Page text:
The main species of concern in cottage country is the deer tick or blacklegged tick (Ixodes scapularis) because of its ability to transmit Lyme disease. This is caused by the bacterium Borrelia burgdorferi, which lives in the gut of certain tick species. When a tick with this bacteria feeds on a mammalian host, the bacterium slowly moves from the gut of the tick, up to the mouth and into the system of the host.
Limiting tick harbourage on your property is the easiest way to protect yourself, your family and guests. This includes keeping grass trimmed, eliminating leaf or brush piles and placing a 'buffer' between forested areas and recreational areas. Ticks do not drink water, so they need a moist environment to survive. Drying up your property will make it uninhabitable for them, and will also help with mosquito control! We're happy to advise custom solutions for your property and provide a quote for us to do the dirty work! Contact us to chat further about your solution.
It is also important to limit animals which can carry ticks close to your home or cottage. Mice, chipmunks and migratory birds are thought to be the main carriers of ticks. These animals should be kept away from your property if ticks are of high concern.
Further reading on ticks:
Contrary to popular belief, tick/Lyme presence is not on the rise in Haliburton County. In 2015, there were 3 more cases than 2014 in the Haliburton-Kawartha-Pine Ridge (HKPR) Public Health Unit, which is not a significant increase. There is definitely an increase in awareness, which is great because early detection and prevention are key!
Research done by the HKPR Health Unit shows 11-15% of deer ticks in our area are capable of transmitting Lyme, which led to 7 confirmed cases of Lyme from 2011-2015. A tick with the bacterium has to feed for at least 24 hours before transmission can occur so even if you get bit by a tick, if you remove it early enough there is no need for concern. In some provinces and US states, a tick has to be feeding for a minimum of 48 hours before they will even test for Lyme.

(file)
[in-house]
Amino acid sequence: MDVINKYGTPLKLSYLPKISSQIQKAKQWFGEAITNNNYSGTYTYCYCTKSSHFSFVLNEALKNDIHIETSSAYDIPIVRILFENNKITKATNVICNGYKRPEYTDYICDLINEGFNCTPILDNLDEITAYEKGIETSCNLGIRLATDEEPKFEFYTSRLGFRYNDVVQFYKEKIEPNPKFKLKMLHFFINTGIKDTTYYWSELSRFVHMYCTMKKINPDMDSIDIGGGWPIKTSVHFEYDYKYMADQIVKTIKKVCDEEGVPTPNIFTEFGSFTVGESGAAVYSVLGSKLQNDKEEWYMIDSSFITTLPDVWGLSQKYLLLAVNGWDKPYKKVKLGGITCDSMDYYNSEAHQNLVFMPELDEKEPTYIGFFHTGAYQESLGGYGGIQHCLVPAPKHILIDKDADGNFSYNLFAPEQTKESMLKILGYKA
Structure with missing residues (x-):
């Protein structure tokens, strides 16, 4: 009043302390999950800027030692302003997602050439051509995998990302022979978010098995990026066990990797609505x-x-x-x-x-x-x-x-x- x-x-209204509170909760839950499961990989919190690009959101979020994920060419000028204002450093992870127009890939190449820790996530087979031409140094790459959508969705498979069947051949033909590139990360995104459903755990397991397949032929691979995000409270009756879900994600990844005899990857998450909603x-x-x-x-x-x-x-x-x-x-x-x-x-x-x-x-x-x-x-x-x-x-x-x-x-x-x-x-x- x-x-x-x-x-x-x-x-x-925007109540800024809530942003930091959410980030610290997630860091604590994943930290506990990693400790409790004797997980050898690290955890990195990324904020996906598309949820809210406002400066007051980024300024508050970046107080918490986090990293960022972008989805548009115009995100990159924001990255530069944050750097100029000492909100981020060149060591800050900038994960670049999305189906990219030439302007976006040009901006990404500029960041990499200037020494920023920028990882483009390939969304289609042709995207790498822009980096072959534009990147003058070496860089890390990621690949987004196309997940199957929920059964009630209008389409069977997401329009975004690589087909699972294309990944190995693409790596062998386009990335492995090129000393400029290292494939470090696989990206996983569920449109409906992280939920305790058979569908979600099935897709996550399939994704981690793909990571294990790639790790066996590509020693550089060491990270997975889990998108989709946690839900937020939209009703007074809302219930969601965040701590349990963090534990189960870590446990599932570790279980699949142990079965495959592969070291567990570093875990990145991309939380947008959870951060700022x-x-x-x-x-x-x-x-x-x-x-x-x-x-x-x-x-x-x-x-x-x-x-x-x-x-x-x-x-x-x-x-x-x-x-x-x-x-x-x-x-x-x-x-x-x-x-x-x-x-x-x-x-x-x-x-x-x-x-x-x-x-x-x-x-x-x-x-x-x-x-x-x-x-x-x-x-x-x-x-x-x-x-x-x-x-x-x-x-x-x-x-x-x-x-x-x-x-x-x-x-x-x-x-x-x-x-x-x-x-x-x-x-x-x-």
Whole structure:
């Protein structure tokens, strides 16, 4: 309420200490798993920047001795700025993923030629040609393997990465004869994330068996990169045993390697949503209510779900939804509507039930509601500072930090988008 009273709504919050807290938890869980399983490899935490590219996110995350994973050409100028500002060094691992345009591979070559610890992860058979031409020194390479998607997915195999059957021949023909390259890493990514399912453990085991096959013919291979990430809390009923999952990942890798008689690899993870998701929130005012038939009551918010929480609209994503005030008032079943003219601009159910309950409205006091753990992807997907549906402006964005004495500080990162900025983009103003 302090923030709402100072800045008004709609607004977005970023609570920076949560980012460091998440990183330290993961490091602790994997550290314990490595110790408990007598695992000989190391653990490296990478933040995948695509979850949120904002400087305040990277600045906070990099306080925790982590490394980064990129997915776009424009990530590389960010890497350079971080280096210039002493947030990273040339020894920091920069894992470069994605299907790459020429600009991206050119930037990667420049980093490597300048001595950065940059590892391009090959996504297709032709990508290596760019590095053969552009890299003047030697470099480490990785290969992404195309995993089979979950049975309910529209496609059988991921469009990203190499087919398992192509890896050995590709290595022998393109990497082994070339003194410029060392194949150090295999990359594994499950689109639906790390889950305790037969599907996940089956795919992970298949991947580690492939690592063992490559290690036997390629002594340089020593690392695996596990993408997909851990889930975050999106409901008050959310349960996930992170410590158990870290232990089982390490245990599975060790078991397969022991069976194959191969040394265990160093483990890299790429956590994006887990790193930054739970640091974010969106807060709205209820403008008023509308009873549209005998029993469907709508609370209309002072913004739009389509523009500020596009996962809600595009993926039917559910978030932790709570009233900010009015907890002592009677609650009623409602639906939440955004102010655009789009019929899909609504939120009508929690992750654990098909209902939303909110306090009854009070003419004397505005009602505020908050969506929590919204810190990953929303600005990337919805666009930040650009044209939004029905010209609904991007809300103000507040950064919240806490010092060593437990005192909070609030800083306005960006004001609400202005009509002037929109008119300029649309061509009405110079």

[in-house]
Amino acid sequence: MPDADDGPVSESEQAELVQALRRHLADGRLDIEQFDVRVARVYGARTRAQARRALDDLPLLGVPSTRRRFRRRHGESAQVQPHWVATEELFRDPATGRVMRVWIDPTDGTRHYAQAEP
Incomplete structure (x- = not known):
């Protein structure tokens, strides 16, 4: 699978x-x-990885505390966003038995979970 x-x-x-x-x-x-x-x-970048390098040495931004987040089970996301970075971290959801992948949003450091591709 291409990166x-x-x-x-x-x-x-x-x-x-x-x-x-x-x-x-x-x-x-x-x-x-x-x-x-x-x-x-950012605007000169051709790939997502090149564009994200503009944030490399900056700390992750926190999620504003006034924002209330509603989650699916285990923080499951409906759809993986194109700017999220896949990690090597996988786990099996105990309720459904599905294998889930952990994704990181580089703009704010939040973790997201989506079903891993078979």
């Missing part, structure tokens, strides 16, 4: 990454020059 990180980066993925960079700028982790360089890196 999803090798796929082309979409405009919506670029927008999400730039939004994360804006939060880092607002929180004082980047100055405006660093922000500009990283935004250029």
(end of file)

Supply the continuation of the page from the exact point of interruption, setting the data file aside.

Proper removal of a tick is essential. 'Tick twisters' are available for free at your local Public Health Unit and come with instructions for proper removal. Otherwise, fine tipped tweezers will do the trick - just grasp the tick's head as close to your skin as possible, and pull straight out with gentle, even pressure. Don't squeeze the tick's abdomen because this speeds the movement of bacterium from its gut.
When venturing out in the summer months, wearing light coloured clothing will make ticks easier to spot. Tucking your shirt into your pants and pants into socks will limit access to your skin. You may not look very cool but you'll be safer. When you get home, inspect your body closely to check for hitchhikers. Common areas to find ticks are the scalp, armpits, naval region, groin and behind the knees. Have a shower as a precaution and launder the clothes you wore outside.
The most common early symptom of Lyme is a rash that develops 3-30 days after feeding in about 75% of cases. The rash may not be sore or itchy but will grow in size, reaching up to 30 cm, and often takes the shape of a bullseye.
If you find a tick it is requested that you send it away for identification and testing. This allows the province to accurately map areas where Lyme has been identified and assess the distribution and abundance. Store it in a dry plastic container - an old pill bottle is perfect - and drop it off to your local public health unit. They'll take it from there.
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